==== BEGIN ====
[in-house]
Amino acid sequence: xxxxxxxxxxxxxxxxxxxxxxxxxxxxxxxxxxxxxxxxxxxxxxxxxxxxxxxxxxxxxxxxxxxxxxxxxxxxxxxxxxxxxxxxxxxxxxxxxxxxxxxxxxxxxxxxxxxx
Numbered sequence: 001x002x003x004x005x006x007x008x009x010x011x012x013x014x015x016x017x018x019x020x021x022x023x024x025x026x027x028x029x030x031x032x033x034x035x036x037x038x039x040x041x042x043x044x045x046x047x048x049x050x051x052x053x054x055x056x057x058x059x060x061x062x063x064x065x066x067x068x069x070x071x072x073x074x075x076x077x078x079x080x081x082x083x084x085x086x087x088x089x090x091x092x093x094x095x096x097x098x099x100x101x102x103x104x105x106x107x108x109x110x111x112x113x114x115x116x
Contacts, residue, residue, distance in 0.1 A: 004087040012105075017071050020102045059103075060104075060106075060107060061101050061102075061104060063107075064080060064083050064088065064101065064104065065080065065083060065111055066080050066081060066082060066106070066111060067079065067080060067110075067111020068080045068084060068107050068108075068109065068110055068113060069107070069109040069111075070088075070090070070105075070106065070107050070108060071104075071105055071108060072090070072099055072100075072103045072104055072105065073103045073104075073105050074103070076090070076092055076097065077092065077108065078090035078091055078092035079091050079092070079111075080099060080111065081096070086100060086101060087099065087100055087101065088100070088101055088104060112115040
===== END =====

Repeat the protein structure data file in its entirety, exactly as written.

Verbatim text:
[in-house]
Amino acid sequence: xxxxxxxxxxxxxxxxxxxxxxxxxxxxxxxxxxxxxxxxxxxxxxxxxxxxxxxxxxxxxxxxxxxxxxxxxxxxxxxxxxxxxxxxxxxxxxxxxxxxxxxxxxxxxxxxxxxx
Numbered sequence: 001x002x003x004x005x006x007x008x009x010x011x012x013x014x015x016x017x018x019x020x021x022x023x024x025x026x027x028x029x030x031x032x033x034x035x036x037x038x039x040x041x042x043x044x045x046x047x048x049x050x051x052x053x054x055x056x057x058x059x060x061x062x063x064x065x066x067x068x069x070x071x072x073x074x075x076x077x078x079x080x081x082x083x084x085x086x087x088x089x090x091x092x093x094x095x096x097x098x099x100x101x102x103x104x105x106x107x108x109x110x111x112x113x114x115x116x
Contacts, residue, residue, distance in 0.1 A: 004087040012105075017071050020102045059103075060104075060106075060107060061101050061102075061104060063107075064080060064083050064088065064101065064104065065080065065083060065111055066080050066081060066082060066106070066111060067079065067080060067110075067111020068080045068084060068107050068108075068109065068110055068113060069107070069109040069111075070088075070090070070105075070106065070107050070108060071104075071105055071108060072090070072099055072100075072103045072104055072105065073103045073104075073105050074103070076090070076092055076097065077092065077108065078090035078091055078092035079091050079092070079111075080099060080111065081096070086100060086101060087099065087100055087101065088100070088101055088104060112115040